By: Jason Chan
I never understood the phrase “you do not know what you have got, until it is gone” before living in a developing world. I never knew I would be living in a village by the beach. I never knew there would be occasional brownouts (blackouts). I never knew there will not be a washing machine, hot water, gas stove, proper flushing system, and most importantly convenient internet access. The list goes on and on about the list I never thought I would not have. This blog post is hence a broader reflection of living/working in developing country and how it shapes my world view.
The first few days were difficult for me as I was getting accustomed to the absence of these luxuries. However, such absence made me appreciate the luxuries even more and realize that these are the little things that make my life comfortable. At the same time, I was truly amazed of how people here and people from other parts of the world in similar situation can call such place home. My world view at this point is to question how do they do it? If there were two words to describe the answer, it would be content and gratefulness. Being contented with what they have is the primary reason to why they do not the comfort I have. Not having warm water makes them contented with just having water. Not having wifi is alright because they are contented with just a phone. Not having a flushing toilet made them contented with just having a toilet. Under such circumstances, they often have more family time, more interaction, a more bonded community, and perhaps a more honest personality. Therefore, I realized it is a form of trade-off between technological comfort and social interactions. Living in Guimaras made me realize the importance of having meaningful social interactions among friends, families, and businesses.
Working in a developing country is completely different than working in as developed country that I am used too. The most apparent difference is definitely the working mindset. In such a developing country, businesses here often do not have the motivation to different themselves than the others. Asking them “How is your business?” and they will answer “okay” but nothing more. Hence, they end up being a common commodity, similar and undifferentiated. That is why they stay stagnant and do not improve over time. Hence, working with the owner with such mindset is challenging alongside the limited resources in a developing country. I again start to question my world view of how problem solvers like me around the world could help businesses like this. After 2 weeks of working here, the answer lies in being resourceful and taking the initiative to show the owner that there is always room for improvement. For example, my business partner and I suggested our restaurant business get table numbers to be more organized but our owner did not seem interested. However, we took the initiative to proceed and come up with a table design and even outsourced a carpenter to make a sample for us. The moment we brought it to the owner, her mood changed drastically, she was suddenly interested in our work. She was filled with excitement and energy, the one needed to actually take her business to the next level.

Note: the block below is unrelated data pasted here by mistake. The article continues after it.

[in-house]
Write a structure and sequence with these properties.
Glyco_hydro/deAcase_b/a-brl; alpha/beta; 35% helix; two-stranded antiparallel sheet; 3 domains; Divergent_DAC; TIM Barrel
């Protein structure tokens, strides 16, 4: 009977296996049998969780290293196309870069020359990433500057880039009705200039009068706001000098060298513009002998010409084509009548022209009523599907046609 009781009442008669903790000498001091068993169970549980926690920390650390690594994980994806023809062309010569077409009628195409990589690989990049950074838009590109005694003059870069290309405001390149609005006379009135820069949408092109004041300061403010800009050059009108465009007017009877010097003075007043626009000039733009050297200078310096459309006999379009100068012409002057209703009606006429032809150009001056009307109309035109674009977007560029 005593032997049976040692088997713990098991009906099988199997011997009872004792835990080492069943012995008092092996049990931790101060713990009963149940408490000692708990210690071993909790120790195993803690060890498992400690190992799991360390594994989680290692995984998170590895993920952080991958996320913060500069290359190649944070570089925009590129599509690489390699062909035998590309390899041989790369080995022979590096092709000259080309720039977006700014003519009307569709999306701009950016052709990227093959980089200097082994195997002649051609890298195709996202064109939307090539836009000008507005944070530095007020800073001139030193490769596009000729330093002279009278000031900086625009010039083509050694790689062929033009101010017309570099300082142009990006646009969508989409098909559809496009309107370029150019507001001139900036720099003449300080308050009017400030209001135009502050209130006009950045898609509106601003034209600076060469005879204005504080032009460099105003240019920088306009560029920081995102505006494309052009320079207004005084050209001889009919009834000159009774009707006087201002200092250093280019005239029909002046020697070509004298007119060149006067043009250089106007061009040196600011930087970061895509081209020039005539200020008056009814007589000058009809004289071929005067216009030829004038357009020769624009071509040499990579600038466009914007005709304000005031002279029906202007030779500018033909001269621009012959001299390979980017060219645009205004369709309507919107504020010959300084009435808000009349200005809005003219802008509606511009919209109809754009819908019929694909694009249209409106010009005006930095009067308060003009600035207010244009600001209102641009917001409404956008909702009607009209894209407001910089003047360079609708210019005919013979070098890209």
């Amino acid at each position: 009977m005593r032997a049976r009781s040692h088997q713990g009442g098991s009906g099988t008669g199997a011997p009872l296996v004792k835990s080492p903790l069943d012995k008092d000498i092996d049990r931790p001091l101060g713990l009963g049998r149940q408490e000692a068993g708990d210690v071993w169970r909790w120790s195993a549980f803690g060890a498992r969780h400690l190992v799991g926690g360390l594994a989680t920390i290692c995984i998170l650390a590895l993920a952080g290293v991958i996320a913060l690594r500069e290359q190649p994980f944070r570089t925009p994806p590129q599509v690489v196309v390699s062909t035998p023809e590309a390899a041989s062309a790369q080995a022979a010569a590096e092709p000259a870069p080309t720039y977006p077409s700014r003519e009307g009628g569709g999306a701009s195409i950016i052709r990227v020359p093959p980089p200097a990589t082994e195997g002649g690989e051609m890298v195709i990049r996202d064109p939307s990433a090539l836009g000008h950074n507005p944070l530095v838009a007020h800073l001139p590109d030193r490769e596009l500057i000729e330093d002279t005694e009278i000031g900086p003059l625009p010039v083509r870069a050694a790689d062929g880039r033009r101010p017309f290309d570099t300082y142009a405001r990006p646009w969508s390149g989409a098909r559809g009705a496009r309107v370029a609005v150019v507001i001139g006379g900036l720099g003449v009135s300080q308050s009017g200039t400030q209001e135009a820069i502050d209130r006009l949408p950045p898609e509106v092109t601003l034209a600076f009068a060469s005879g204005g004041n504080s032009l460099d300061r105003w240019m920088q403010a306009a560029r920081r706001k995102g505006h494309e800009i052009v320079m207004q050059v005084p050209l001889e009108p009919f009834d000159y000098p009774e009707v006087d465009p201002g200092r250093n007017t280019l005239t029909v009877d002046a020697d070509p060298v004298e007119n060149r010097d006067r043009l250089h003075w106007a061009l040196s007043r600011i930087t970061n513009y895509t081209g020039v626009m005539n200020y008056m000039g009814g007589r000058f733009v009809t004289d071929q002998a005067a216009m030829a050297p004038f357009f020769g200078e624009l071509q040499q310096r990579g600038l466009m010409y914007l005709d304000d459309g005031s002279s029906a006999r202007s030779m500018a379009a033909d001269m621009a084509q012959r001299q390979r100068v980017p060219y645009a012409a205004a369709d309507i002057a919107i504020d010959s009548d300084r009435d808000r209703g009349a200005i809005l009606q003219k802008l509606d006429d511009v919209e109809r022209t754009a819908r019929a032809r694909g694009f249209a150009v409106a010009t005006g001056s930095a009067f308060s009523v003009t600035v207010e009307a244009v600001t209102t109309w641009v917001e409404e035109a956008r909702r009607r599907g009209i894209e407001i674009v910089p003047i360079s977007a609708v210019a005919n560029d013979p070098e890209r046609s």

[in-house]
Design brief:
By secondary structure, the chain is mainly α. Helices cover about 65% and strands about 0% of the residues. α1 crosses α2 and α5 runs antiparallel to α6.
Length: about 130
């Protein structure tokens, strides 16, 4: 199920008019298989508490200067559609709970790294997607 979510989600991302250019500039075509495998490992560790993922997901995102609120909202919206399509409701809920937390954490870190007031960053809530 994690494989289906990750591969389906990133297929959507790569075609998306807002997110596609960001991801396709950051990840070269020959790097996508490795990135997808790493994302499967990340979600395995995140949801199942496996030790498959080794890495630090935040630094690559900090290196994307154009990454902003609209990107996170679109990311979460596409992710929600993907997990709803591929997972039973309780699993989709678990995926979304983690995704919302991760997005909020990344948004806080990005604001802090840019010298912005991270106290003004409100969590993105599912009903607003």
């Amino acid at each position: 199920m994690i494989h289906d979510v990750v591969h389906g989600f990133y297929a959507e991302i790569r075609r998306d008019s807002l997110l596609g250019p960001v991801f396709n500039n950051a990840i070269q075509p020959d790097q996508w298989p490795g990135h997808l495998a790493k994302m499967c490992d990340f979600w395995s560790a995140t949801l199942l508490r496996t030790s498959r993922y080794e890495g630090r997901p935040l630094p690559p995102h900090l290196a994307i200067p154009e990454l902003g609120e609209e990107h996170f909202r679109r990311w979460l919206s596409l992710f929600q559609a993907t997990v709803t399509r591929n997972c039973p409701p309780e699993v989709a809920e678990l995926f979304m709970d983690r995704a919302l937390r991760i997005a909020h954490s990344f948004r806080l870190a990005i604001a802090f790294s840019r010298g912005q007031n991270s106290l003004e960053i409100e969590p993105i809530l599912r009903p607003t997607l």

All in all, living and working in a developing country makes me realize that the world is fairer than it seems. A developing country indeed lacks the technological element compared to a developed country. However, living and working here in a developing countryhas made me a more resourceful person and also realize the importance of having meaningful social interactions with friends, families, and businesses. Therefore, it might be true to some extent that “the grass is greener on the other side”.